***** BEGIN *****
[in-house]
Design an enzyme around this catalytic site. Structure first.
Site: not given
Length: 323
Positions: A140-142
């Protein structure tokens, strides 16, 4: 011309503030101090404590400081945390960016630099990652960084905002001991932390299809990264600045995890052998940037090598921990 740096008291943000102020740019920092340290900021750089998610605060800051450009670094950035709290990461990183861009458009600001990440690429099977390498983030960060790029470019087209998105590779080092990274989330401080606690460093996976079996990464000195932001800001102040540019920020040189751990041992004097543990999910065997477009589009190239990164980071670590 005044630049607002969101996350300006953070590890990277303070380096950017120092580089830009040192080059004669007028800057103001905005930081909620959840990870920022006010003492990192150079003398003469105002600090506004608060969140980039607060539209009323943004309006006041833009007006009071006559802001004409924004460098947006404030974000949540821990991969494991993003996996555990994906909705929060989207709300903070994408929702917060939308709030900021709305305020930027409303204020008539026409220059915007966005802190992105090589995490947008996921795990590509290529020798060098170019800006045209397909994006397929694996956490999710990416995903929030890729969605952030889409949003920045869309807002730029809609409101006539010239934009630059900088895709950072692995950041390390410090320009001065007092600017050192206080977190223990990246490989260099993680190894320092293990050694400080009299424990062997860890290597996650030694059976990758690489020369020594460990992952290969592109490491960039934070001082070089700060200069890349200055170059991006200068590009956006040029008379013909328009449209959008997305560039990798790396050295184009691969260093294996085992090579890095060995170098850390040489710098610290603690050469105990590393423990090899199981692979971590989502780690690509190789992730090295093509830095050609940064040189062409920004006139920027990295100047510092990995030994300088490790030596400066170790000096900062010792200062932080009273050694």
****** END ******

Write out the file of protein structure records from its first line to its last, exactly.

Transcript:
[in-house]
Design an enzyme around this catalytic site. Structure first.
Site: not given
Length: 323
Positions: A140-142
């Protein structure tokens, strides 16, 4: 011309503030101090404590400081945390960016630099990652960084905002001991932390299809990264600045995890052998940037090598921990 740096008291943000102020740019920092340290900021750089998610605060800051450009670094950035709290990461990183861009458009600001990440690429099977390498983030960060790029470019087209998105590779080092990274989330401080606690460093996976079996990464000195932001800001102040540019920020040189751990041992004097543990999910065997477009589009190239990164980071670590 005044630049607002969101996350300006953070590890990277303070380096950017120092580089830009040192080059004669007028800057103001905005930081909620959840990870920022006010003492990192150079003398003469105002600090506004608060969140980039607060539209009323943004309006006041833009007006009071006559802001004409924004460098947006404030974000949540821990991969494991993003996996555990994906909705929060989207709300903070994408929702917060939308709030900021709305305020930027409303204020008539026409220059915007966005802190992105090589995490947008996921795990590509290529020798060098170019800006045209397909994006397929694996956490999710990416995903929030890729969605952030889409949003920045869309807002730029809609409101006539010239934009630059900088895709950072692995950041390390410090320009001065007092600017050192206080977190223990990246490989260099993680190894320092293990050694400080009299424990062997860890290597996650030694059976990758690489020369020594460990992952290969592109490491960039934070001082070089700060200069890349200055170059991006200068590009956006040029008379013909328009449209959008997305560039990798790396050295184009691969260093294996085992090579890095060995170098850390040489710098610290603690050469105990590393423990090899199981692979971590989502780690690509190789992730090295093509830095050609940064040189062409920004006139920027990295100047510092990995030994300088490790030596400066170790000096900062010792200062932080009273050694």